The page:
3

It depends on the accuracy you want. If you had 1 neuron, it could discern things across a line, if you have 2, you could solve things across 2 lines, etc. As you increase the number of neurons, you are increasing the number of discernible areas. As you increase the number of lines you can use to break up the input space, the lines can be placed to ...


3

While interesting, this is all rendered somewhat moot if you think about what will happen once we understand how the brain works. After all, once we understood flight, we didn't start making birds. The same goes for AI. Here are just a few ways in which human brains and digital brains can't be compared. The digital brain won't have to worry about food and ...


2

This has been my field of research. I've seen the previous answers that suggest that we don't have sufficient computational power, but this is not entirely true. The computational estimate for the human brain ranges from 10 petaFLOPS (1 x 10^16) to 1 exaFLOPS (1 x 10^18). Let's use the most conservative number. The TaihuLight can do 90 petaFLOPS which is 9 ...


2

In biology, when the presynaptic releases a neurotransmitter (a positive amount of them, obviously), this neurotransmitter reaches the postsynaptic vesicles causing an excitatory (depolarization) or inhibitory (hyperpolarization) effect, depending on the kind of postsynaptic vesicle in next cell dendrites. If the total amount of depolarization (all dendrites)...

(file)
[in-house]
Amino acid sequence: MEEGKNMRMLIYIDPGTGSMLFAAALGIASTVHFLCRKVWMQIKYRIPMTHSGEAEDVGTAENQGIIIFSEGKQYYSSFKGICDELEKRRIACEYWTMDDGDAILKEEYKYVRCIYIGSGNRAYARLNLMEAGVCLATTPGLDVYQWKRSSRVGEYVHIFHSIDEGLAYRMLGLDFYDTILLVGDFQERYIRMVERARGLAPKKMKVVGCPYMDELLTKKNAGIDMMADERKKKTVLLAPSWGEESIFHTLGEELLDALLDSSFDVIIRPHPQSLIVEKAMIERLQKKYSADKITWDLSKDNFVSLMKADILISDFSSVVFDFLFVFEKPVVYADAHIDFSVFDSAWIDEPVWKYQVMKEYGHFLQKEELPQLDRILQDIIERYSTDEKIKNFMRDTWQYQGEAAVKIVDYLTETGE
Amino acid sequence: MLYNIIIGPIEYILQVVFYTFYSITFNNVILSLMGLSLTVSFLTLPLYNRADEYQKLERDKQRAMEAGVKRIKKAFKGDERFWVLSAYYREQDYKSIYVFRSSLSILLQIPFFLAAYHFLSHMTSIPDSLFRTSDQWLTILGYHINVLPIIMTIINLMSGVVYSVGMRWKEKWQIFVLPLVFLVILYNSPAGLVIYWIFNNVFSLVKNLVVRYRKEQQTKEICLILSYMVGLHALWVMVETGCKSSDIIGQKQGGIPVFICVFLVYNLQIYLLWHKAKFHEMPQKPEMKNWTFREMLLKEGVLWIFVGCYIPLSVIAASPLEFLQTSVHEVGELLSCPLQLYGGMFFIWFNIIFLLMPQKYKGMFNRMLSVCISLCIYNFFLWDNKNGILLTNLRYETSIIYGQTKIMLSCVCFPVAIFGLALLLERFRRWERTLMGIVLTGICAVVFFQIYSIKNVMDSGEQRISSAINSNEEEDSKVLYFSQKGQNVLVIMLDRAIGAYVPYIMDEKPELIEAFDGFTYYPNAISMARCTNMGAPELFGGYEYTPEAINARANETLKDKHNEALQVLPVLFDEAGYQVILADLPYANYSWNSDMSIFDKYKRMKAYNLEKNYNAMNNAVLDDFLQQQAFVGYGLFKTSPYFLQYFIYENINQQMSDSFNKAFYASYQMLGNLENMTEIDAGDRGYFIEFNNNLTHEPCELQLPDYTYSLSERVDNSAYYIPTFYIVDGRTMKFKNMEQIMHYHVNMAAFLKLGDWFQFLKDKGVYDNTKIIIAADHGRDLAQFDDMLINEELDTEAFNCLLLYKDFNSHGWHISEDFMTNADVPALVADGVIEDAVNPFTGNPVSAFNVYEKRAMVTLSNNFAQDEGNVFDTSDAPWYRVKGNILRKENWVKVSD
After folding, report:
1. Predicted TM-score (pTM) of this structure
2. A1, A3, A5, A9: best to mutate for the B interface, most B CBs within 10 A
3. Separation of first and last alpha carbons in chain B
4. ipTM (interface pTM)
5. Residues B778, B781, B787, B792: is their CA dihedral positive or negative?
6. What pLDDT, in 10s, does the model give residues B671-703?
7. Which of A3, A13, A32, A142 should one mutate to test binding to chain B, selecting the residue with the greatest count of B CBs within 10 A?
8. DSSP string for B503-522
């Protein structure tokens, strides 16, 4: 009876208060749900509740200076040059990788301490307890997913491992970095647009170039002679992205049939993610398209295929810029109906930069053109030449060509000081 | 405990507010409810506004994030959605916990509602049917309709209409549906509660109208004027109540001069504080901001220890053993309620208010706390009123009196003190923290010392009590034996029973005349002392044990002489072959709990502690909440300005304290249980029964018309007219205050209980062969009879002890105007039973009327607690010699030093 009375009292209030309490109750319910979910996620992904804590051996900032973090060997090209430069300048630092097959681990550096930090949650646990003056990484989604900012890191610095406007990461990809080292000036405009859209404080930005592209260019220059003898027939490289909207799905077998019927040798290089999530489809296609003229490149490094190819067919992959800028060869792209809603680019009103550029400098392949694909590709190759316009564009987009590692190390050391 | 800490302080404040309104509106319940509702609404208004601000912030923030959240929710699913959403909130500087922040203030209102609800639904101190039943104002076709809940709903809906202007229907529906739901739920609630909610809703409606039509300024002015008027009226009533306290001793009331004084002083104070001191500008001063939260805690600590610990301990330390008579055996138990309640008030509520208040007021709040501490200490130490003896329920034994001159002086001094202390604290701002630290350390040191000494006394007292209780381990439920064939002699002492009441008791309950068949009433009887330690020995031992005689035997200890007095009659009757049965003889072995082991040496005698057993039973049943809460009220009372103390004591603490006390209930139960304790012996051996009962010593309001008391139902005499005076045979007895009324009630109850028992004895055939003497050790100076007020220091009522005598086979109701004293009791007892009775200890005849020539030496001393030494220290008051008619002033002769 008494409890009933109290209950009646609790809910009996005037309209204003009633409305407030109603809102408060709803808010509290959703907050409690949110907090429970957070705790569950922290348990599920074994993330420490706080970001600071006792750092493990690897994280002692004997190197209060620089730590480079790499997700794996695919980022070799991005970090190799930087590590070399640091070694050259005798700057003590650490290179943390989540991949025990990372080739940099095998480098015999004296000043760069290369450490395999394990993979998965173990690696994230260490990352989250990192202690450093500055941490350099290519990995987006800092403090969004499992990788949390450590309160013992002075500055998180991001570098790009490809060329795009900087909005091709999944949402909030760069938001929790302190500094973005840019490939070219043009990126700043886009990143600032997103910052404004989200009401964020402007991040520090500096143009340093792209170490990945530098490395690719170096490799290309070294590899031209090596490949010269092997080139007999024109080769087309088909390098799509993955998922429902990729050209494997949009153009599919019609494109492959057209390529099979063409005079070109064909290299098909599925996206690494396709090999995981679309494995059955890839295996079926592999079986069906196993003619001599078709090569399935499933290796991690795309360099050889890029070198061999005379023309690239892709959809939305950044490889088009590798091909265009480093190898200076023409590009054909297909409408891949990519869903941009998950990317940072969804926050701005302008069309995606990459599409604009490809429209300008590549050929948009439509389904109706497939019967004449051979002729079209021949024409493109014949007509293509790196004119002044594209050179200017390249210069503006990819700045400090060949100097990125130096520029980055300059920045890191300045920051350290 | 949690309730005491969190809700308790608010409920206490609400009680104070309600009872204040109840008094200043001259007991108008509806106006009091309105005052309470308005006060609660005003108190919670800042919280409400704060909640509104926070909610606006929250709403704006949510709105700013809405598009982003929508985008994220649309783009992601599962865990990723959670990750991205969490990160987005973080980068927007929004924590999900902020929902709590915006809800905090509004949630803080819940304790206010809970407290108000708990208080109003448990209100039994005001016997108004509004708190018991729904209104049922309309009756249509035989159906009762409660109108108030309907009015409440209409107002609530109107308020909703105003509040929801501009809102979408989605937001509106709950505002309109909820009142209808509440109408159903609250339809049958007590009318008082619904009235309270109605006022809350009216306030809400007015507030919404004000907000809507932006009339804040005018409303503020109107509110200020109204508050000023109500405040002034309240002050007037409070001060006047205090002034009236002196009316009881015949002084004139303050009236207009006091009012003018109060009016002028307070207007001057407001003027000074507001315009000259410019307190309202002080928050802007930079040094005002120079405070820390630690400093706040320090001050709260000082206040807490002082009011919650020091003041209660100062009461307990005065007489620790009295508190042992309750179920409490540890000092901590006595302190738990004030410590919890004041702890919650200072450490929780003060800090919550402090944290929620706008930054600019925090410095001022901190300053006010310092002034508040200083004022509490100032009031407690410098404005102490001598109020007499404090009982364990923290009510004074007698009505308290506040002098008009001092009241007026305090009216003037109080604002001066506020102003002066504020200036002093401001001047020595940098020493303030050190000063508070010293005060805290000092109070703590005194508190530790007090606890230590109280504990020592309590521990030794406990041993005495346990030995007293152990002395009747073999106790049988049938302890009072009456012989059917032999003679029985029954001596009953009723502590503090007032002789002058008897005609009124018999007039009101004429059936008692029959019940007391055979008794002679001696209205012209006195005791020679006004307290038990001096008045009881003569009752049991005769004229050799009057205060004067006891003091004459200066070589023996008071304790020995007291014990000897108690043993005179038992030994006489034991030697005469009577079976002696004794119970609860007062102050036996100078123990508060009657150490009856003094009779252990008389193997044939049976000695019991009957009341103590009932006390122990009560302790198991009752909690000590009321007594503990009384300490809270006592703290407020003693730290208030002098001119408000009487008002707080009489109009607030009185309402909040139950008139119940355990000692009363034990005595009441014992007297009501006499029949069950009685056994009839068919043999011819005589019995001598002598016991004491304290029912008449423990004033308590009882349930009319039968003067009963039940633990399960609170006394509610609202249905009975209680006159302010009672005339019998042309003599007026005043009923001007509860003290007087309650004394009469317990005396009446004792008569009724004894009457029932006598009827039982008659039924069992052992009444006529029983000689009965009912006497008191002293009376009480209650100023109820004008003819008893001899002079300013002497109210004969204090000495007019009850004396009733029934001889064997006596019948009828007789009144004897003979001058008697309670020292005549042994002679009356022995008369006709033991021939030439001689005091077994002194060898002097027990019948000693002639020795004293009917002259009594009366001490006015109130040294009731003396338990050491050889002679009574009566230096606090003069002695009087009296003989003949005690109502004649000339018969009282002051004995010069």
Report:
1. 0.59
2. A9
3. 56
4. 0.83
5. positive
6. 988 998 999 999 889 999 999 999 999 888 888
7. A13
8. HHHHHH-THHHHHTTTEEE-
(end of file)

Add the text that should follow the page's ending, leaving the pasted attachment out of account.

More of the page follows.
2

Yes, for many sensory inputs there is indeed something similar to normalization. But its not rally the same as in classical data analytics compared to what eg min/max normalization does or other technics. Lets look on some examples and considerations: mammals don't perceive heat or loudness in a linear way. This is because already many sensory receptors ...


2

The cell of a perceptron was based on an oversimplified conception of a neuron. At the time, neural plasticity, timing factors in relation to activation, neurochemical pathways, and energy transit complexities in axons were unknown. The mapping of pulse transmission to basic algebra seemed unrealistic, so timing was ignored. Plasticity, timing, and regional ...


2

The most generic approach is to input all pixels as you have suggested. A CNN would be the best architecture for that. To provide information like speed or velocity, you can feed more than one frame to the CNN (e.g. the last 5 frames or whatever provides enough information). The CNN can learn movement information by comparing those images. If you want to ...


2

I recommend preprocessing images and feeding pixel values of several combined images. Some ideas: Preprocess all images to grayscale if possible. It’ll reduce the number of input neurons. (As long as this step doesn’t introduce large overhead) Select some $\gamma$ value such that 0 < $\gamma$ < 1. Generate (ie. Select from your game) $n$ sequential ...


2

Simon Krannig's answer provides the math notation behined exactly what is going on, but since you still seem a bit confused, I've made a visual representation of a neural network using only weights with no activation function. See below: So I'm fairly sure it as you suspected: At each neuron, you take the sum of the inputs of the previous layer multiplied ...